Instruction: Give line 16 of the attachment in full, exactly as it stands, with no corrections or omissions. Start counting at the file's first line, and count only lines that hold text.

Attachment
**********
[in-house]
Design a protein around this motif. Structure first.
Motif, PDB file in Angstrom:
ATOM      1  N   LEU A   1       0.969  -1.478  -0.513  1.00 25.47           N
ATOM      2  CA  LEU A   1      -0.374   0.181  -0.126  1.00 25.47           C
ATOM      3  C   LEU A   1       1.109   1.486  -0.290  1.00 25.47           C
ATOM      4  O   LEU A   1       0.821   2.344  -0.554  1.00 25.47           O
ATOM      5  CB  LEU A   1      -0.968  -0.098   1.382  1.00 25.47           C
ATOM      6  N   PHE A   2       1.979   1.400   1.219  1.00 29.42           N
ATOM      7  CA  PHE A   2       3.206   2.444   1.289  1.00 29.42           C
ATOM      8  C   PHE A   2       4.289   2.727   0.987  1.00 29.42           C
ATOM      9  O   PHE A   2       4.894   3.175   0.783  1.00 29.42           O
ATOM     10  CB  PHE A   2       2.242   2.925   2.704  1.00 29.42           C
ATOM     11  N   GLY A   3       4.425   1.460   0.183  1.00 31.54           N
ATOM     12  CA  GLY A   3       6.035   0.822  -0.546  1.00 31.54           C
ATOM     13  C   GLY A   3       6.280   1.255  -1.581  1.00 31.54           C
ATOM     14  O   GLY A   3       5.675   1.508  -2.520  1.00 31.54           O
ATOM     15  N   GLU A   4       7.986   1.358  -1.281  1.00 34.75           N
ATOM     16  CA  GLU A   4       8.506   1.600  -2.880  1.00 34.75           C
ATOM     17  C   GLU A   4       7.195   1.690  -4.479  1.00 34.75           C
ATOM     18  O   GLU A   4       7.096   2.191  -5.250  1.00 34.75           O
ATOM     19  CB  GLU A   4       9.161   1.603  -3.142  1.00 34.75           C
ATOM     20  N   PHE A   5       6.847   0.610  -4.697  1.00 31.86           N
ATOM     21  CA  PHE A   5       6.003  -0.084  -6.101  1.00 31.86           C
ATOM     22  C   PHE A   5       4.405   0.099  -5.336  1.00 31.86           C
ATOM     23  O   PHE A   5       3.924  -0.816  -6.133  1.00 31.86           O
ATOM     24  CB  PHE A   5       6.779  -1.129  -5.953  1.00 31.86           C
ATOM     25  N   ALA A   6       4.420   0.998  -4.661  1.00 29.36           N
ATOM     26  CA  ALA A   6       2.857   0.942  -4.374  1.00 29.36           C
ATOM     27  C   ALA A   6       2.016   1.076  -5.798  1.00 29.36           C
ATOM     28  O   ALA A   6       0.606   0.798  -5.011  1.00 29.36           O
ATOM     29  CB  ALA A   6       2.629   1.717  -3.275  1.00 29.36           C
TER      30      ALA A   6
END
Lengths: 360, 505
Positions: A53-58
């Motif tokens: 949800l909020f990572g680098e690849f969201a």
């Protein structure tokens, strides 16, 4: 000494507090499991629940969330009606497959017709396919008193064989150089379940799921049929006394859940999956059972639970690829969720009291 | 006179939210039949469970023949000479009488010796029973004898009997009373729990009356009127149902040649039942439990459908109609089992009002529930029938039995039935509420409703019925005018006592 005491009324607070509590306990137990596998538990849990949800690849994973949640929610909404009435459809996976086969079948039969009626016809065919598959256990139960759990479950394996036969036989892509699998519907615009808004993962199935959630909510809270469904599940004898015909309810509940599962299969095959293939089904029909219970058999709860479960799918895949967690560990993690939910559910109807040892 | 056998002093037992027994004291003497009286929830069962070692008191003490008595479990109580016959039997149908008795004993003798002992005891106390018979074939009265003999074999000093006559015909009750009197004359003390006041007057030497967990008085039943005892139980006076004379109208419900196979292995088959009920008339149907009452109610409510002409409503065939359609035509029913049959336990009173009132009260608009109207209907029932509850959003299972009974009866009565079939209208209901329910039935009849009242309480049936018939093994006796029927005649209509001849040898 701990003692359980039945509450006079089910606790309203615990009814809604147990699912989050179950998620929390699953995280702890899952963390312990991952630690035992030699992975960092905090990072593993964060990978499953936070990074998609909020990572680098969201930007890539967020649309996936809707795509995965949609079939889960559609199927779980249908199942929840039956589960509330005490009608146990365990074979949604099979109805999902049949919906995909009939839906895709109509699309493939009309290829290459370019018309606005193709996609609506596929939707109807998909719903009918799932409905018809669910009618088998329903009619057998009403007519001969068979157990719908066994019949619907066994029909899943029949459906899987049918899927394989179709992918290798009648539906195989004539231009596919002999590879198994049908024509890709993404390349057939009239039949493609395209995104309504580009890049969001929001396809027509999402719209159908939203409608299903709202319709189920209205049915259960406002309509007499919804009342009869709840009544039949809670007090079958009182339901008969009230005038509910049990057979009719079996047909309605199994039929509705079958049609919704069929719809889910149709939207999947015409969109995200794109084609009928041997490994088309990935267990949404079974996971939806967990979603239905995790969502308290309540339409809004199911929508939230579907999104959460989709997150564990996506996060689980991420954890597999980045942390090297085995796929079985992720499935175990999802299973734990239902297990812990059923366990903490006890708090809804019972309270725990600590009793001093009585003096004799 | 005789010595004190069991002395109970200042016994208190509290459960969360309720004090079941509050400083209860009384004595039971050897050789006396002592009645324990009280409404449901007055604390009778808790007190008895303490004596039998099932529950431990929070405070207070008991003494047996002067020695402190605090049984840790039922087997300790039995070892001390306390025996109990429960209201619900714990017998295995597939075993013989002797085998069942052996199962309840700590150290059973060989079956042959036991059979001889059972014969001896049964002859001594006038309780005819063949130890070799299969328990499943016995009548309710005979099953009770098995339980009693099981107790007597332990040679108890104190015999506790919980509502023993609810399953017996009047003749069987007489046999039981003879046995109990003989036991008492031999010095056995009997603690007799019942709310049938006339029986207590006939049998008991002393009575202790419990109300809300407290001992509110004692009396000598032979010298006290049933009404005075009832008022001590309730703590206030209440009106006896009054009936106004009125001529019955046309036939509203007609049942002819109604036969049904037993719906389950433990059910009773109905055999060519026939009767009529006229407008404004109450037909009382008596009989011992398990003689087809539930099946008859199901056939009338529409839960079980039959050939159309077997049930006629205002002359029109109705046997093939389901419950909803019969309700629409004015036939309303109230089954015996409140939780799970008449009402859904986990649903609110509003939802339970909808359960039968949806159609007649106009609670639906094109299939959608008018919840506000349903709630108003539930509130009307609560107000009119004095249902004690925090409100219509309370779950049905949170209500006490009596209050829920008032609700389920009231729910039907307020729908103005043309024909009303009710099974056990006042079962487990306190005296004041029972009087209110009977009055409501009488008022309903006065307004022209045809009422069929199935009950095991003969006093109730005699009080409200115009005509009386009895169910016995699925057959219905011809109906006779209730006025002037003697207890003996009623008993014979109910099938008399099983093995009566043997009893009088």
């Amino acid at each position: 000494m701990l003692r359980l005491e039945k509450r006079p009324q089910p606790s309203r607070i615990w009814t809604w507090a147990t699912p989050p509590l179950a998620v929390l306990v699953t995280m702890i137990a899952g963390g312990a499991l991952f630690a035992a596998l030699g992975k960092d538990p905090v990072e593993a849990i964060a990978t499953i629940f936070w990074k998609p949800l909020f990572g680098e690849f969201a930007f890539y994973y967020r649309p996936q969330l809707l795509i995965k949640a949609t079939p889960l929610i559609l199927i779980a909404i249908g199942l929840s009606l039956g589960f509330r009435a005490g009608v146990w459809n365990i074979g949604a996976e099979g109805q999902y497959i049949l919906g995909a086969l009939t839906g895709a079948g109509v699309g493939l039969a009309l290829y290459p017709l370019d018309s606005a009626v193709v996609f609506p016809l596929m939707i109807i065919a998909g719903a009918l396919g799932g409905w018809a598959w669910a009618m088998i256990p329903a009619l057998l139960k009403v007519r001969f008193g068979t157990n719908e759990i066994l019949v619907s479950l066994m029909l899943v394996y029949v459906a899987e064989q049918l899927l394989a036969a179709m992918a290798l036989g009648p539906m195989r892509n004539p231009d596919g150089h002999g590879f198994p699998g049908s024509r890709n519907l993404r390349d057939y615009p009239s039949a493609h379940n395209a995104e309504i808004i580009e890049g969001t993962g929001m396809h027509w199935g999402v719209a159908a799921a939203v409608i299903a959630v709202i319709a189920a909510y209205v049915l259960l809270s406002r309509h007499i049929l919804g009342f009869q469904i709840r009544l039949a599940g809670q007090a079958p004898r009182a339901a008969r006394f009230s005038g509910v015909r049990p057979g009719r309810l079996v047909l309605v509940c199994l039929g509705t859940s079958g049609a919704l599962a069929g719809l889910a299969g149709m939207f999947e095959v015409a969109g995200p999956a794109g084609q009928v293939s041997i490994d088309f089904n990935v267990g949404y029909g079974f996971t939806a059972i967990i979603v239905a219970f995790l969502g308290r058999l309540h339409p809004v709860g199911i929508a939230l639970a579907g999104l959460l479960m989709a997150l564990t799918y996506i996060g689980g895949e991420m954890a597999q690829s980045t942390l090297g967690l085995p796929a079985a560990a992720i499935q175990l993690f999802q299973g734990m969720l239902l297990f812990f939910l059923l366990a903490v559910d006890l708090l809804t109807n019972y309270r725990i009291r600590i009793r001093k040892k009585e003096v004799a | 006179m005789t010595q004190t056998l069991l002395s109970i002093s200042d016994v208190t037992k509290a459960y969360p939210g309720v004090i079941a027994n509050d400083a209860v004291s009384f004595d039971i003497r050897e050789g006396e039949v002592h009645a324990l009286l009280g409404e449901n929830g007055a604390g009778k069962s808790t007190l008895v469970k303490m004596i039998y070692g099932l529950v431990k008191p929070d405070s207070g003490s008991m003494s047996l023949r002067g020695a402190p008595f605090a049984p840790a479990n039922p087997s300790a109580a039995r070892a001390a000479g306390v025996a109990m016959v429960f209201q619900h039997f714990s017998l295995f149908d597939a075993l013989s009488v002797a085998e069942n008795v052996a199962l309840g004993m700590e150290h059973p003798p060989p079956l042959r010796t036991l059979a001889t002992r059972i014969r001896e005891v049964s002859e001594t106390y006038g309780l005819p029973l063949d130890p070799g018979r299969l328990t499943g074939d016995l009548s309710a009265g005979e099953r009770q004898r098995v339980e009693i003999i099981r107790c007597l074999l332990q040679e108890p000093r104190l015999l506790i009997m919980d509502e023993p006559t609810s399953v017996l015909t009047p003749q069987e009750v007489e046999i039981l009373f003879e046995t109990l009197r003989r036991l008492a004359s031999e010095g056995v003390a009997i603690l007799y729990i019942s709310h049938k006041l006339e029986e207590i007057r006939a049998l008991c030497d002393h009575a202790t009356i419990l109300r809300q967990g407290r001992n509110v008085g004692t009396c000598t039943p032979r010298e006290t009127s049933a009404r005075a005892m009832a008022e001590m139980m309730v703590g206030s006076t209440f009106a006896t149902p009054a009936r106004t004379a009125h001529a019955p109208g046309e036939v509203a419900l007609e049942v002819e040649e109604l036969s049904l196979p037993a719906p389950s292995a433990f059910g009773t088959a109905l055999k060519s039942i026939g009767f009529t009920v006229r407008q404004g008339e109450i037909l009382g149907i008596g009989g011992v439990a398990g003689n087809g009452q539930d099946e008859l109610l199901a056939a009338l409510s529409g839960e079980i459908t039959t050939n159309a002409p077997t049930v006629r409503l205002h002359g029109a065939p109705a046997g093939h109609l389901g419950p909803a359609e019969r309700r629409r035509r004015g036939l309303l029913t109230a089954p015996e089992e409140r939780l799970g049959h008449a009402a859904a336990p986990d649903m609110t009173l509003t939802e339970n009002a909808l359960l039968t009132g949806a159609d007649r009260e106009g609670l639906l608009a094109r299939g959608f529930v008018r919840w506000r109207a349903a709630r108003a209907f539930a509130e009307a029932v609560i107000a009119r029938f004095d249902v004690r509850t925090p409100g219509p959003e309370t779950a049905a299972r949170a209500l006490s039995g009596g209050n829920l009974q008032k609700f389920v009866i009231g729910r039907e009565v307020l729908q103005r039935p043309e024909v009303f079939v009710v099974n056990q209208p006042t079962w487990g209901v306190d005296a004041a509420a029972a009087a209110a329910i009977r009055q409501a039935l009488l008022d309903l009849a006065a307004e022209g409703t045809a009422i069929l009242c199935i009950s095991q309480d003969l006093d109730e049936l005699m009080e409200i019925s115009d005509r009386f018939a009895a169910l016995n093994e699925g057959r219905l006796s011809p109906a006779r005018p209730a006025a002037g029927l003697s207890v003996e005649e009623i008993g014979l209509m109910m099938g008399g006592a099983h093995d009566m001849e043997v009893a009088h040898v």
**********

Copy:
ATOM     13  C   GLY A   3       6.280   1.255  -1.581  1.00 31.54           C